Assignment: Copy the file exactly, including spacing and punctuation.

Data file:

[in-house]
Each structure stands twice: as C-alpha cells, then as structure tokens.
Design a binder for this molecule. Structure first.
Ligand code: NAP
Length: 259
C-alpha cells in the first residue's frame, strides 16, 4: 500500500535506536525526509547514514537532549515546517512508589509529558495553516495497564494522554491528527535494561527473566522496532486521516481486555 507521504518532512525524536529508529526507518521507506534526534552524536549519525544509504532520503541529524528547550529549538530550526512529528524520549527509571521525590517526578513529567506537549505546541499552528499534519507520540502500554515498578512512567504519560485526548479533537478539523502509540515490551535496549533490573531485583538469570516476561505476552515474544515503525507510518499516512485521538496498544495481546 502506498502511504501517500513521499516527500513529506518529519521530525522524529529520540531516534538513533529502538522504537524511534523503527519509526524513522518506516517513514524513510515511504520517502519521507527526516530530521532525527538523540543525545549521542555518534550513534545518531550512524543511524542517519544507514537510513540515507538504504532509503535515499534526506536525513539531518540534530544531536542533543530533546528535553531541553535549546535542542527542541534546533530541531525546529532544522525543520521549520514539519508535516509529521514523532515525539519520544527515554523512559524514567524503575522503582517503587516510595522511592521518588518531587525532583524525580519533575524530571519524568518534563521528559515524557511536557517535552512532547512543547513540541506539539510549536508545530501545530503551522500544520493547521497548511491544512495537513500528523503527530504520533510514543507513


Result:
[in-house]
Each structure stands twice: as C-alpha cells, then as structure tokens.
Design a binder for this molecule. Structure first.
Ligand code: NAP
Length: 259
C-alpha cells in the first residue's frame, strides 16, 4: 500500500535506536525526509547514514537532549515546517512508589509529558495553516495497564494522554491528527535494561527473566522496532486521516481486555 507521504518532512525524536529508529526507518521507506534526534552524536549519525544509504532520503541529524528547550529549538530550526512529528524520549527509571521525590517526578513529567506537549505546541499552528499534519507520540502500554515498578512512567504519560485526548479533537478539523502509540515490551535496549533490573531485583538469570516476561505476552515474544515503525507510518499516512485521538496498544495481546 502506498502511504501517500513521499516527500513529506518529519521530525522524529529520540531516534538513533529502538522504537524511534523503527519509526524513522518506516517513514524513510515511504520517502519521507527526516530530521532525527538523540543525545549521542555518534550513534545518531550512524543511524542517519544507514537510513540515507538504504532509503535515499534526506536525513539531518540534530544531536542533543530533546528535553531541553535549546535542542527542541534546533530541531525546529532544522525543520521549520514539519508535516509529521514523532515525539519520544527515554523512559524514567524503575522503582517503587516510595522511592521518588518531587525532583524525580519533575524530571519524568518534563521528559515524557511536557517535552512532547512543547513540541506539539510549536508545530501545530503551522500544520493547521497548511491544512495537513500528523503527530504520533510514543507513